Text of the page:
Everyone gets a little ringing in their ears at times. But when it goes on incessantly, it can drive you nuts. The medical name for this ringing-in-the-ear sensation is tinnitus. It is the result of damage to the tiny hair cells in the inner ear. These hair cells pick up sound vibrations and send electrical impulses through the auditory nerve to the brain. In tinnitus, the hair cells are "on" all the time, making the brain think that sound vibrations are entering the ear nonstop.Possible causes of tinnitus include acoustical trauma (loud noise), earwax, infection, the side effect of certain medications (more than 200 medications can case tinnitus), a perforated eardrum, fluid accumulation, high blood pressure, a tumor, diabetes, and aging.To stop the buzz, try the following:

  • Stop the loud noise, or wear ear protection.
  • Keep your blood pressure down.
  • Cut down on salt, which may sometimes be a problem for tinnitus sufferers.
  • Limit aspirin; chronic intake (or even frequent use over one or two days) can cause tinnitus. Talk to your physician before stopping any medication that you think might be causing tinnitus.
  • Avoid caffeine, tobacco, and addictive substances, which can also trigger tinnitus.
  • Work it out; if poor circulation is the cause of ringing in your ears, exercise will help.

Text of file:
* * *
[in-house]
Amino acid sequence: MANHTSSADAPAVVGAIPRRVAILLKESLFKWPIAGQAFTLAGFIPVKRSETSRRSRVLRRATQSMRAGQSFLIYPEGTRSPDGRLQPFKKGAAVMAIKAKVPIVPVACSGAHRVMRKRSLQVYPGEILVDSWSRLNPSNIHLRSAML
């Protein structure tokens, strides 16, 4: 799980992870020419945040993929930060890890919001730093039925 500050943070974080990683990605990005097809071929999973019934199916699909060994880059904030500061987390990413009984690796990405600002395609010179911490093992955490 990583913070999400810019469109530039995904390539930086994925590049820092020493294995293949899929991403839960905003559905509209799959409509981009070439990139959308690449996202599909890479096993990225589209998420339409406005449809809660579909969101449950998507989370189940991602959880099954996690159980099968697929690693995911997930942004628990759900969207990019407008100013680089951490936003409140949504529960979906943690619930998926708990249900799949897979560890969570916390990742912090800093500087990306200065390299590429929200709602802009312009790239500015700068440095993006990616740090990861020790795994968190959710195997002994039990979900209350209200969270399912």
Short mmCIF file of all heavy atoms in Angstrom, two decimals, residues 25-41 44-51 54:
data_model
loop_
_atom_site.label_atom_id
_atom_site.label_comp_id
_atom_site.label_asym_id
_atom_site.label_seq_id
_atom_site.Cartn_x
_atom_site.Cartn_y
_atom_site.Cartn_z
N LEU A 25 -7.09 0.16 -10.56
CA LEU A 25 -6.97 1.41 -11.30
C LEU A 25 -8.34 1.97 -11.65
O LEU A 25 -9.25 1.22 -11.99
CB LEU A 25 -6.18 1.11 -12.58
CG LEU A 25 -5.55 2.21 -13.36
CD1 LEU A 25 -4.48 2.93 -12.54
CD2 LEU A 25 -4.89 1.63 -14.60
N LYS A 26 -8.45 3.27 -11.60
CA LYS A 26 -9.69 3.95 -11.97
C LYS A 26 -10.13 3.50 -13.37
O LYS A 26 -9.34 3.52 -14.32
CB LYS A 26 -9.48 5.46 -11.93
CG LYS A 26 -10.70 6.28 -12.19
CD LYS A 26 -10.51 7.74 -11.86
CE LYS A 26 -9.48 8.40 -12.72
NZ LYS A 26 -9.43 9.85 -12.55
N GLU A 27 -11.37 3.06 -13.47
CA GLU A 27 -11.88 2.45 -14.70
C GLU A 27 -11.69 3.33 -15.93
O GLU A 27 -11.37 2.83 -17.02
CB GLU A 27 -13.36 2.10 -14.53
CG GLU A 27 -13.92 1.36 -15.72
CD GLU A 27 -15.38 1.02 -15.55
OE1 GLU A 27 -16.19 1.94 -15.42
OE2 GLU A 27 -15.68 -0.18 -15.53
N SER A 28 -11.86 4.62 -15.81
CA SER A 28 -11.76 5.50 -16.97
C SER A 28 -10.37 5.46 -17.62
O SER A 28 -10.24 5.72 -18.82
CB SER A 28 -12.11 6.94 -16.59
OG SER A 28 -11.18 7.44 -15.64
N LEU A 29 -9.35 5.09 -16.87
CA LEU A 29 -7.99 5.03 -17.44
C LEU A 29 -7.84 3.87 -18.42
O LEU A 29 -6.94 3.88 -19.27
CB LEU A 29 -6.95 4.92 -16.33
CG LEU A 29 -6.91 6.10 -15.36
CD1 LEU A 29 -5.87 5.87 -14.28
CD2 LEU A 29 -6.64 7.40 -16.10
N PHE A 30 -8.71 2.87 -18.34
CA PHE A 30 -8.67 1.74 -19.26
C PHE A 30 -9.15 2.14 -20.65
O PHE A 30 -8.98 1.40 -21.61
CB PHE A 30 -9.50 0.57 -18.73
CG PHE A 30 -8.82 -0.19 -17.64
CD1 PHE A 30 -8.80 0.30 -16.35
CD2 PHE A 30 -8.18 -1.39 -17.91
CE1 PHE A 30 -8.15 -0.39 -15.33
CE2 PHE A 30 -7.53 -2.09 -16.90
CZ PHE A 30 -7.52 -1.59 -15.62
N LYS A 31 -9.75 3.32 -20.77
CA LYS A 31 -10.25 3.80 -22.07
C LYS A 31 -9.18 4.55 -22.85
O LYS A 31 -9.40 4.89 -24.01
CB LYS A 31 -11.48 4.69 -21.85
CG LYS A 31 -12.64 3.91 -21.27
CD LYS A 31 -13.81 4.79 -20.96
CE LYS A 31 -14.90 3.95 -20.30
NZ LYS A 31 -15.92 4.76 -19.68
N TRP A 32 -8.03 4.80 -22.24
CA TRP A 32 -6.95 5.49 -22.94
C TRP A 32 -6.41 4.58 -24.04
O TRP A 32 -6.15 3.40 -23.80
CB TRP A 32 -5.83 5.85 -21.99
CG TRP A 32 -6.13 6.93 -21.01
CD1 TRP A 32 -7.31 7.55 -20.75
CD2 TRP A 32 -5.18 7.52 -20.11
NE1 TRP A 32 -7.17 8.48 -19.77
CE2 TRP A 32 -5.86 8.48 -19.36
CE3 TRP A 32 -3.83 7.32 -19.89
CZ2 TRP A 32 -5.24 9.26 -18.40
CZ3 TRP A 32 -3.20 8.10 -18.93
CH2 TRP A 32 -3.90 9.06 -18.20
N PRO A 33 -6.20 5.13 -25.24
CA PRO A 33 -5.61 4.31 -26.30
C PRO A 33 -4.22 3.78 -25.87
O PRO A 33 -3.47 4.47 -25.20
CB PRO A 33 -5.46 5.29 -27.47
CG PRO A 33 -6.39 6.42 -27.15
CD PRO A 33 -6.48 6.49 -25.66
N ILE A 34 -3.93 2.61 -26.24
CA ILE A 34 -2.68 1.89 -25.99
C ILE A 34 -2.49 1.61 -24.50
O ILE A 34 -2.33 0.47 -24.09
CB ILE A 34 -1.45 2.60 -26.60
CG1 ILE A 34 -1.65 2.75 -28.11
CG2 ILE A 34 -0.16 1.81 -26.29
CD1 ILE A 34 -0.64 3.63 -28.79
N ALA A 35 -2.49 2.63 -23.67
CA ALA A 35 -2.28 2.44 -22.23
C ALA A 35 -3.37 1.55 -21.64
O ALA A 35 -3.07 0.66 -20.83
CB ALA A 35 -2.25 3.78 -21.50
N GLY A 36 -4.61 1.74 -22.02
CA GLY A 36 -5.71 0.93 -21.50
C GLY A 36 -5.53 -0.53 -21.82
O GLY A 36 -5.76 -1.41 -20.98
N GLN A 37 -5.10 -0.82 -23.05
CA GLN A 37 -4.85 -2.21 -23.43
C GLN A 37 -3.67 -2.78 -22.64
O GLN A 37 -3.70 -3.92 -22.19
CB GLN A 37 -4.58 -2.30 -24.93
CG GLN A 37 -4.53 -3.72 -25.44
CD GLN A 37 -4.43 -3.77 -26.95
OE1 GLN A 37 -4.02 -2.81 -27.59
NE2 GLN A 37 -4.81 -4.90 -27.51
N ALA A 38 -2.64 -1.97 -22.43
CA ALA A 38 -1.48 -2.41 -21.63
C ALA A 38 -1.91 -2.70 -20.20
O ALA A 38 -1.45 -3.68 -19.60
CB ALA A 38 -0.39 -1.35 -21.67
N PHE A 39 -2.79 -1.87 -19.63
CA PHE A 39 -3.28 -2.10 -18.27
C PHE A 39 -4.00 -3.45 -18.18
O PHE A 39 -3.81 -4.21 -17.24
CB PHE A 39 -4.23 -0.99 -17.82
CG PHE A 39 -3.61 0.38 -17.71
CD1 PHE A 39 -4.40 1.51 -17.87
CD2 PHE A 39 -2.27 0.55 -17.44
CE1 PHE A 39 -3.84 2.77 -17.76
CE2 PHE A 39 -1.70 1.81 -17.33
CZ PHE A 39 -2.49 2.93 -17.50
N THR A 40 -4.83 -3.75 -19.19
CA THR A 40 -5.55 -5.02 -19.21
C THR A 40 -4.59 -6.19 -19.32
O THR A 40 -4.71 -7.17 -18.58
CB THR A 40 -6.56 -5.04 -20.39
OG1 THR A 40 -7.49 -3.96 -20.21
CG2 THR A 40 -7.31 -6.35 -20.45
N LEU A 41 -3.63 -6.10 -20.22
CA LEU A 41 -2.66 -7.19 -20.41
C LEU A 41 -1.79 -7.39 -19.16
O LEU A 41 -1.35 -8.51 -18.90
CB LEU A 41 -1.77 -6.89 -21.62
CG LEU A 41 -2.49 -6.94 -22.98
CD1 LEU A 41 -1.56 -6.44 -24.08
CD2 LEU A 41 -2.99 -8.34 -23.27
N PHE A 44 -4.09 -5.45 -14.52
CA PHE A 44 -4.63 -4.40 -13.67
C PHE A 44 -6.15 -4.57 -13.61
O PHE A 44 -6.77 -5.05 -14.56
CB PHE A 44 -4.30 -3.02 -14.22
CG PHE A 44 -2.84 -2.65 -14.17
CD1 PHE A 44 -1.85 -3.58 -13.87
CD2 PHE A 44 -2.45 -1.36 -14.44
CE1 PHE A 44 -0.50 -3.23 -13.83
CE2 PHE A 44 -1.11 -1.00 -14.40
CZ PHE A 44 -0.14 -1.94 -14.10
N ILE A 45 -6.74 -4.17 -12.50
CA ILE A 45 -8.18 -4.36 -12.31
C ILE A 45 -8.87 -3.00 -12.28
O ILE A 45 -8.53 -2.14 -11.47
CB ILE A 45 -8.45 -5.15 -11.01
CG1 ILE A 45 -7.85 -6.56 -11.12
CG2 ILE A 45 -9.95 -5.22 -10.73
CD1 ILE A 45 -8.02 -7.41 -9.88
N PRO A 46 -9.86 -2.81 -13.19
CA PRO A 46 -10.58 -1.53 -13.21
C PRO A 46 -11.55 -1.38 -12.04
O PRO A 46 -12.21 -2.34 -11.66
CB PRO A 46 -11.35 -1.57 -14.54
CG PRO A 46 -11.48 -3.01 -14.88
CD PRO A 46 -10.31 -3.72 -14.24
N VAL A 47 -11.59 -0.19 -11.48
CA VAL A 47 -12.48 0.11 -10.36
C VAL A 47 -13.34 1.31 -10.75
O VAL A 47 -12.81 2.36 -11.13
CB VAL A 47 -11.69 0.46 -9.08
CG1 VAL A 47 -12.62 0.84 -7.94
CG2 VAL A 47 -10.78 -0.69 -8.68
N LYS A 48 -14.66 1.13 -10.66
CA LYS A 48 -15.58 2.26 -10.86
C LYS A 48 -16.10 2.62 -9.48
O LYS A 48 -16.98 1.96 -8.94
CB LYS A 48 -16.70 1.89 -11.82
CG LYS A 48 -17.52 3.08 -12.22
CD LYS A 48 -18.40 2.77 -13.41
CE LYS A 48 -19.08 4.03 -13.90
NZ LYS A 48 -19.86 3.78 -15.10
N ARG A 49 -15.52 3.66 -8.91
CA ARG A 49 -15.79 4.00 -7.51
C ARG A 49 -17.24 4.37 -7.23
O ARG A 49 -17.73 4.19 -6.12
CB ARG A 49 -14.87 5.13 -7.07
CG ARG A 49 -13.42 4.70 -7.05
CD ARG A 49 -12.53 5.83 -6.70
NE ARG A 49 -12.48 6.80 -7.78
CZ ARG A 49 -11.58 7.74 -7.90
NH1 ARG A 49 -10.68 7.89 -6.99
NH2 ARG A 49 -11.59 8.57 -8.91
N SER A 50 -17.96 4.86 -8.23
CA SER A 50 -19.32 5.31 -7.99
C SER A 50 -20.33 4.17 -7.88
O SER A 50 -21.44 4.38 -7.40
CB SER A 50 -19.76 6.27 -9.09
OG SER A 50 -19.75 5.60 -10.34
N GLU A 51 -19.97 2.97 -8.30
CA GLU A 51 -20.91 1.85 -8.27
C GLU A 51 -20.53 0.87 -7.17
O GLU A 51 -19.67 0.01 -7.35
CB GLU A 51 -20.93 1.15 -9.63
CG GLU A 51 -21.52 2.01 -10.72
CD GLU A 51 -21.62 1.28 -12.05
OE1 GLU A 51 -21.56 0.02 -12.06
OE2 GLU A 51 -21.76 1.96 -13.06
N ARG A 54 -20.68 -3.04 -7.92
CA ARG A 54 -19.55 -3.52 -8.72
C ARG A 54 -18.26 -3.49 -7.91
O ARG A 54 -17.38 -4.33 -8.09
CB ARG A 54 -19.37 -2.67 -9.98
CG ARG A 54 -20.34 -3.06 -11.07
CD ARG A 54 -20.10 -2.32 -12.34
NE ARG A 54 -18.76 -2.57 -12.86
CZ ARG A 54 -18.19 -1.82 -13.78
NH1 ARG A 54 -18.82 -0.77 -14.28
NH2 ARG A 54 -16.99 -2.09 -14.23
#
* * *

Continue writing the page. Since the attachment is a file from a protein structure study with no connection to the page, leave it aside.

• Be sure you're getting enough rest.

It's important to take care of your ears to prevent serious problems from occurring. Hopefully, you can now also tell the difference between the ringing in your ears after a concert and the signs of a serious problem.©Publications International, Ltd.This information is solely for informational purposes. IT IS NOT INTENDED TO PROVIDE MEDICAL ADVICE. Neither the Editors of Consumer Guide (R), Publications International, Ltd., the author nor publisher take responsibility for any possible consequences from any treatment, procedure, exercise, dietary modification, action or application of medication which results from reading or following the information contained in this information. The publication of this information does not constitute the practice of medicine, and this information does not replace the advice of your physician or other health care provider. Before undertaking any course of treatment, the reader must seek the advice of their physician or other health care provider.